A Solid B+ for Prediction
Novelist H. G. Wells offered visions of the future in a number of books. His predictions weren't flawless, but they often hit close to the mark.
The source: “Anticipations: The Remarkable Forecasts of H.G. Wells” by Paul Crabtree, in The Futurist, Sept.–Oct. 2007.
If H. G. Wells were in a Jeopardy category, it would almost certainly be science fiction. But at the turn of the last century, Wells (1866–1946) was regarded as one of the leading intellectuals of the West, with an influence that was felt in science, biology, history, and education. In widely popular books, he predicted an astonishing number of the seminal events of the 20th century, from the splitting of the atom to the creation of limited-access freeways, from guerilla warfare to the rise of the Boston-Washington megalopolis.
About 80 percent of the dozens of predictions in Wells’s 1901 book, Anticipations, were at least partly right and 60 percent were “extremely accurate,” writes Paul Crabtree, a retired federal analyst. Wells foresaw dramatic increases in the speed of travel, with most people transported in independent road vehicles and only heavy freight moving by rail. He recognized the future of the airplane, but relegated it to a footnote. He expected the size of cities to expand exponentially until the New York metropolitan area encompassed 40 million people—it has 19 million residents today. He thought the “irresponsible” wealthy class would grow, as would a poor, uneducable underclass whom technology would render unemployable. He predicted the decline of marriage and an increase in childless unions. Machines and technology would become the primary means of waging war, he wrote; military victories would be won “in the schools and colleges and universities.” He foresaw English—“but perhaps French”—becoming the dominant world language. He recognized the globalization that is a hallmark of the world economy a century hence.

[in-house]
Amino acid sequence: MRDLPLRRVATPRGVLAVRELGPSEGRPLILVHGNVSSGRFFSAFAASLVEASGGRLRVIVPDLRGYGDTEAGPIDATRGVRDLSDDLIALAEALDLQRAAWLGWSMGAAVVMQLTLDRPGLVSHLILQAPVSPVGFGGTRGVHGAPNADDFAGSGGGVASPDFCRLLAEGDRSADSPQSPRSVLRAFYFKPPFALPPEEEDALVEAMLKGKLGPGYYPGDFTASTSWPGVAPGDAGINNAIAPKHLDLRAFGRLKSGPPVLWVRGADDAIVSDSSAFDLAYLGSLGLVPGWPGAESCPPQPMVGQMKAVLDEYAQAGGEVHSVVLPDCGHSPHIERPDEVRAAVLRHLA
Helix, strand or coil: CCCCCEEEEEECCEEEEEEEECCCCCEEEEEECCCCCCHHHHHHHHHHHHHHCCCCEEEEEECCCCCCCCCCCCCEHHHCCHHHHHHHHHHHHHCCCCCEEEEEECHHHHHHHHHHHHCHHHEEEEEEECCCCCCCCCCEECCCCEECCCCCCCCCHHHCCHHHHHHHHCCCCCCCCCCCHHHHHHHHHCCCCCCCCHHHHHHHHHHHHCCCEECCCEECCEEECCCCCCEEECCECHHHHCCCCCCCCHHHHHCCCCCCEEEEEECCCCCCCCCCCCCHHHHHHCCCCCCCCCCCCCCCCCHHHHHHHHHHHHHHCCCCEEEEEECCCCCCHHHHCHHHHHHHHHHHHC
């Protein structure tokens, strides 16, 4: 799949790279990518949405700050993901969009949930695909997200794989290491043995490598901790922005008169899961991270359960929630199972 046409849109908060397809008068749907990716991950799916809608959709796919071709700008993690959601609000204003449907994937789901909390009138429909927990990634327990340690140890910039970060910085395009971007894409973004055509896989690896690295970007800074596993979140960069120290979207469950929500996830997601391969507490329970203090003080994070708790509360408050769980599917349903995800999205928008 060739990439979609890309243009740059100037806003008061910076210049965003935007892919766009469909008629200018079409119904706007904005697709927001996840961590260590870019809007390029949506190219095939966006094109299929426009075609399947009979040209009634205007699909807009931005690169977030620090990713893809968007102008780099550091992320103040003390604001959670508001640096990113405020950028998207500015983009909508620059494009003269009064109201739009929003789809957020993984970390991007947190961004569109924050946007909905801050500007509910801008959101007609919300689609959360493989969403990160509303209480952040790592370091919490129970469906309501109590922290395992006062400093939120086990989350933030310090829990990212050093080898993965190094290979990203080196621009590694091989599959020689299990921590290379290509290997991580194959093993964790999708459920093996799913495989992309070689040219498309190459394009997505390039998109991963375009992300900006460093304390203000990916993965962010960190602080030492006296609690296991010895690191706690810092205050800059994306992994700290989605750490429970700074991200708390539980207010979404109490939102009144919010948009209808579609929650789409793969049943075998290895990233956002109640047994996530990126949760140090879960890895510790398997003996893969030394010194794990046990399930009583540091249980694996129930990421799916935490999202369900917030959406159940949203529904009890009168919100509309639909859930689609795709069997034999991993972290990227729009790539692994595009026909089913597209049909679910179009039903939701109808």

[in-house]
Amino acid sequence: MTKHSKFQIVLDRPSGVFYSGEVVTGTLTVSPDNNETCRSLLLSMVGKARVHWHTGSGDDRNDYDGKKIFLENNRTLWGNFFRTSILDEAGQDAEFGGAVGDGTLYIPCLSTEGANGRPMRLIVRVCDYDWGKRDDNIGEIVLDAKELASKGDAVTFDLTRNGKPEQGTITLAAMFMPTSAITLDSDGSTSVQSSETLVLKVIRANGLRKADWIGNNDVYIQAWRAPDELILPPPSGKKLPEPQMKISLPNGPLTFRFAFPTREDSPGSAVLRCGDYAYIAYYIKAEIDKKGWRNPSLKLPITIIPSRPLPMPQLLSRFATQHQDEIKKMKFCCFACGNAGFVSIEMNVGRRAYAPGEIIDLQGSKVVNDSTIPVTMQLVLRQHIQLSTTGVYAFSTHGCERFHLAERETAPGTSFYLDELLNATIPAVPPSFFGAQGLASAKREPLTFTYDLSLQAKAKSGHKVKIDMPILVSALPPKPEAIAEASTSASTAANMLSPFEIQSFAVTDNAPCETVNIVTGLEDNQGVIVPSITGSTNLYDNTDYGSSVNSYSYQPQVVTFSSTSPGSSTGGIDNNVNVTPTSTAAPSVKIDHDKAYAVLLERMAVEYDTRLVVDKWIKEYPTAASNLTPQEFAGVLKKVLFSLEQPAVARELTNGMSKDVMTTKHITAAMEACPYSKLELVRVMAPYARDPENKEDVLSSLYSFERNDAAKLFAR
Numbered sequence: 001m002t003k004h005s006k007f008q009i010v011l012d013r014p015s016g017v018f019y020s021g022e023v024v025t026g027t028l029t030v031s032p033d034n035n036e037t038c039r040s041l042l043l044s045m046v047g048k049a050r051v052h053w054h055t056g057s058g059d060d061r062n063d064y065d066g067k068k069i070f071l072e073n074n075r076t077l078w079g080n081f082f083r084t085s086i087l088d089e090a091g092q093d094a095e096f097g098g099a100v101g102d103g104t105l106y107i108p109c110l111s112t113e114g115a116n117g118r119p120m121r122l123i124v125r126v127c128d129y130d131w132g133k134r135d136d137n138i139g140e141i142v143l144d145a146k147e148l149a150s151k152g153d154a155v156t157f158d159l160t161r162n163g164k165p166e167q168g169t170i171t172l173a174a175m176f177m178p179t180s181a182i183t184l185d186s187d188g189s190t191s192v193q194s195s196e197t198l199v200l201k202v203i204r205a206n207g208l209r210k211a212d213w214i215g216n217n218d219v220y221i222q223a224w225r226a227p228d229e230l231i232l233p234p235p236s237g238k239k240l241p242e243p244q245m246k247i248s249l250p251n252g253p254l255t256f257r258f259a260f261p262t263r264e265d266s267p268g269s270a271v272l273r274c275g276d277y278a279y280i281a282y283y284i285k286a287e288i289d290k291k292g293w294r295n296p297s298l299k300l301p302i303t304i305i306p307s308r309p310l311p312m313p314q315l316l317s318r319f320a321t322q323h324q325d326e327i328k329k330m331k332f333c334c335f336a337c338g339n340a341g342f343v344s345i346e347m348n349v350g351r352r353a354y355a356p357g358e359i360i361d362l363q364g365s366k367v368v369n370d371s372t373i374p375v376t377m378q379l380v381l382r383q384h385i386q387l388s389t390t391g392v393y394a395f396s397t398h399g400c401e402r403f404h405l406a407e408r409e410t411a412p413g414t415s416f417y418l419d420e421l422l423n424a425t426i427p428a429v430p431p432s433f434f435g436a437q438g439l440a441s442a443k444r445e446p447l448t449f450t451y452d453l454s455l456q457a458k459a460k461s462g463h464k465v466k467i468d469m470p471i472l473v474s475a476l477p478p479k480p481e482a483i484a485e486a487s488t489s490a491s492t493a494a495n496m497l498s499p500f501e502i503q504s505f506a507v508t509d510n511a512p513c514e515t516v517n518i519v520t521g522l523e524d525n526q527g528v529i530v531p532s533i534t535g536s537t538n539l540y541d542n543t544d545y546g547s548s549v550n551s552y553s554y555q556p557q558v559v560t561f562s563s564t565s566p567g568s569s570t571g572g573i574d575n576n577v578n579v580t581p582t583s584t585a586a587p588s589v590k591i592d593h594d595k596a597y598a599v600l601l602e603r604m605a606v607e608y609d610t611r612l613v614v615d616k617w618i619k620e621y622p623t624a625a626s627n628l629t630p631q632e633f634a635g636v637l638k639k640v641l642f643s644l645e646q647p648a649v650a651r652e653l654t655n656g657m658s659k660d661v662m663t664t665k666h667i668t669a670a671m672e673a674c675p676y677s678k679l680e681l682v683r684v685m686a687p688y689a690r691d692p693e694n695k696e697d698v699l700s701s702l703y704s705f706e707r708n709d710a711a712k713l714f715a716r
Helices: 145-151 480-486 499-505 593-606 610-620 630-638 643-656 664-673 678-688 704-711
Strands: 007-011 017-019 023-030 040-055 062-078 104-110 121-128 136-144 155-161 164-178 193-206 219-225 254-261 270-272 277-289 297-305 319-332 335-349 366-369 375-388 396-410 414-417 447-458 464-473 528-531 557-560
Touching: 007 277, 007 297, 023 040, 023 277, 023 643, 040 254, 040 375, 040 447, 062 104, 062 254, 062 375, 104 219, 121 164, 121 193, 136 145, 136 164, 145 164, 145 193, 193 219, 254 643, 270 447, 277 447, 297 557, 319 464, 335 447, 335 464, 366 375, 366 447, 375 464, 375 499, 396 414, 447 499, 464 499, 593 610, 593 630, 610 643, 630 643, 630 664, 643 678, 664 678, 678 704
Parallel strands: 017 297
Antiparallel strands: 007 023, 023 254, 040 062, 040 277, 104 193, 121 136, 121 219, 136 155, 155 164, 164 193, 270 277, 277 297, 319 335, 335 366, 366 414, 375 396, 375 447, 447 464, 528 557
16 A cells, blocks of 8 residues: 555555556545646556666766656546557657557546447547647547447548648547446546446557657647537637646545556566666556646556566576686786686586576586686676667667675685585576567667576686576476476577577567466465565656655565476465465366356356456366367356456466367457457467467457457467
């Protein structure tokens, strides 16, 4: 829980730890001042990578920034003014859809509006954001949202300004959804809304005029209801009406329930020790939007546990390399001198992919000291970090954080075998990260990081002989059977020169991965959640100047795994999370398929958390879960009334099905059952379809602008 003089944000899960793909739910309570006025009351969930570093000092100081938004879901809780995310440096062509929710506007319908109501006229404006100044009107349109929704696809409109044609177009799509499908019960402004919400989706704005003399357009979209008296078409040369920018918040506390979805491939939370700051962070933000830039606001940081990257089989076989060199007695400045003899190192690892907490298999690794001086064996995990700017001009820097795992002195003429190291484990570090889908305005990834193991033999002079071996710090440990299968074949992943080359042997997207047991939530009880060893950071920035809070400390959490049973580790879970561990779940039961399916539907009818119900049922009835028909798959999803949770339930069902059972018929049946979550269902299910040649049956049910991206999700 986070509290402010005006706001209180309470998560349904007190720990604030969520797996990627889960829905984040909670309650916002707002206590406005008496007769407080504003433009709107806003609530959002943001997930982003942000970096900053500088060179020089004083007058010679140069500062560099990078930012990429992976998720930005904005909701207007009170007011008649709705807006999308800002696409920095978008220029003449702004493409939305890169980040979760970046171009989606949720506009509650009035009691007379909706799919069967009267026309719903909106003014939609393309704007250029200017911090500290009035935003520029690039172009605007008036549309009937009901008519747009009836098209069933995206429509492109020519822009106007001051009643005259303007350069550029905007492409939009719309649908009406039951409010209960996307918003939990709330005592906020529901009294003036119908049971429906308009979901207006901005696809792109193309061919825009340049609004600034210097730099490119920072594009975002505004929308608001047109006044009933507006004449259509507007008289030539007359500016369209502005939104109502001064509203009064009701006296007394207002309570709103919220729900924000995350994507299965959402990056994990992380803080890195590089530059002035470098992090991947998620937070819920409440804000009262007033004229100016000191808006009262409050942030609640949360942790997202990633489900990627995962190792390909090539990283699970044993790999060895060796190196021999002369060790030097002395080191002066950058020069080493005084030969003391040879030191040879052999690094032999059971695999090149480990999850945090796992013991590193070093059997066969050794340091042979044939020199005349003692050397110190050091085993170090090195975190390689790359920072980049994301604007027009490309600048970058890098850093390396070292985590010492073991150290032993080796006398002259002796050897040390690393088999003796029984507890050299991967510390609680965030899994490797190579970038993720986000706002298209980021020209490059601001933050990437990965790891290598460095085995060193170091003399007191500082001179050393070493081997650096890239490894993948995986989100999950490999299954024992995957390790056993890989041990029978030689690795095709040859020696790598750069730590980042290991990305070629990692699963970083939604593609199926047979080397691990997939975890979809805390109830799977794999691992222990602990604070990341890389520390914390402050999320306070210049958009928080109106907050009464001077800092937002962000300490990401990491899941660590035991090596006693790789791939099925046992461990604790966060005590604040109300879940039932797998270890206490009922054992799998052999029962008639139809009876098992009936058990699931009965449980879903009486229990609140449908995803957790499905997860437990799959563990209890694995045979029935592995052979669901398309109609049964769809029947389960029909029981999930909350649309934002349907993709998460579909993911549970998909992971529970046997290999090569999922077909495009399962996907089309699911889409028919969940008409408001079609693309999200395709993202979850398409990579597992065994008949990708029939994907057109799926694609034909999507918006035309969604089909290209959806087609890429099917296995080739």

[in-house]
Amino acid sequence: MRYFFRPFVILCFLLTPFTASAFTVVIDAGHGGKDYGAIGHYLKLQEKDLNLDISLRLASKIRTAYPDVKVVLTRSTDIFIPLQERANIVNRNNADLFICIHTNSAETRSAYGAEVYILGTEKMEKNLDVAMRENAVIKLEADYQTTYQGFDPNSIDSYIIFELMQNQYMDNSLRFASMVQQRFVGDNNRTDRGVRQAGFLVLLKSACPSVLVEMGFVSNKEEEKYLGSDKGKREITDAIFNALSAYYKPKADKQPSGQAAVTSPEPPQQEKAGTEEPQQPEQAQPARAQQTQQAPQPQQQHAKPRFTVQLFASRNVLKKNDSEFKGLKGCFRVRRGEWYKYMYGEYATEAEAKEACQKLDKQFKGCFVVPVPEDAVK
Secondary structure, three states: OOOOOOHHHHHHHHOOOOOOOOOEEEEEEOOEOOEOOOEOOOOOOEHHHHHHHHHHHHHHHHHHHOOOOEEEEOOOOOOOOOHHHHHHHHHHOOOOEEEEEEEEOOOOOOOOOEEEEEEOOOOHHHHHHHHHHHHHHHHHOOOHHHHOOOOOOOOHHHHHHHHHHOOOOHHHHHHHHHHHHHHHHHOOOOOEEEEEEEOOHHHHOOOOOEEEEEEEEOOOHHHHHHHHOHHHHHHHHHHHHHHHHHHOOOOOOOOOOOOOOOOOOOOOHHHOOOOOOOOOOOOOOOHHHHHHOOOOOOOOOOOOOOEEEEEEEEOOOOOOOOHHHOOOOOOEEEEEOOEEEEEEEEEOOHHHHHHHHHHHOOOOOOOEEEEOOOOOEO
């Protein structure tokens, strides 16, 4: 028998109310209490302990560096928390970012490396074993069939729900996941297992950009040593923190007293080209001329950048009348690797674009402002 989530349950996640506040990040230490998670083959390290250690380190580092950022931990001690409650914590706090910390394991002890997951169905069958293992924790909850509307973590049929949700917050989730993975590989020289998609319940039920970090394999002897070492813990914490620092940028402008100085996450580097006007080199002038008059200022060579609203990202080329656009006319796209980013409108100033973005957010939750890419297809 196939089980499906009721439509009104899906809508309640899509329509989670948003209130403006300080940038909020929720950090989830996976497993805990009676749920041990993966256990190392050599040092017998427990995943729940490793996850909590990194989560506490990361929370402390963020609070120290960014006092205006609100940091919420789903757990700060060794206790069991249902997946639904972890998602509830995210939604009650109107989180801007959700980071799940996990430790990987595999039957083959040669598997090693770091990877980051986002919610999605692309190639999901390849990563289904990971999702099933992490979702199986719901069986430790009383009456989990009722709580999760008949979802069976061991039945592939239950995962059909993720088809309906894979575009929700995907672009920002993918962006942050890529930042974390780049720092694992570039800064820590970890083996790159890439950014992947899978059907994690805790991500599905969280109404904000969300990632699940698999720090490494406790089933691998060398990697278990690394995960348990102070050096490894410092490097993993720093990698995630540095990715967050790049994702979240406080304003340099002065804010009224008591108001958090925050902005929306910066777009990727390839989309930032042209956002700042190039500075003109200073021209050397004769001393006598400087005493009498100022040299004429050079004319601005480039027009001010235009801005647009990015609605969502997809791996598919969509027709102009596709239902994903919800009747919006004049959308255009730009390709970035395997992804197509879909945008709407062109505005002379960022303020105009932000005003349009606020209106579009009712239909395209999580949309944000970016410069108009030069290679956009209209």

In later books, Wells forecast the use of atomic energy and the dropping of nuclear weapons from airplanes. In 1933, he wrote a novel that was only a few months off in predicting the date of the outbreak of World War II, according to Crabtree.
But as prescient as Wells was about technological change, he was clueless about religion and women. He failed to recognize the possibility of the rise of world faiths beyond a version of Unitarian Protestantism, which he expected to dominate. It apparently never occurred to him that women might go to work in numbers nearly equal to men.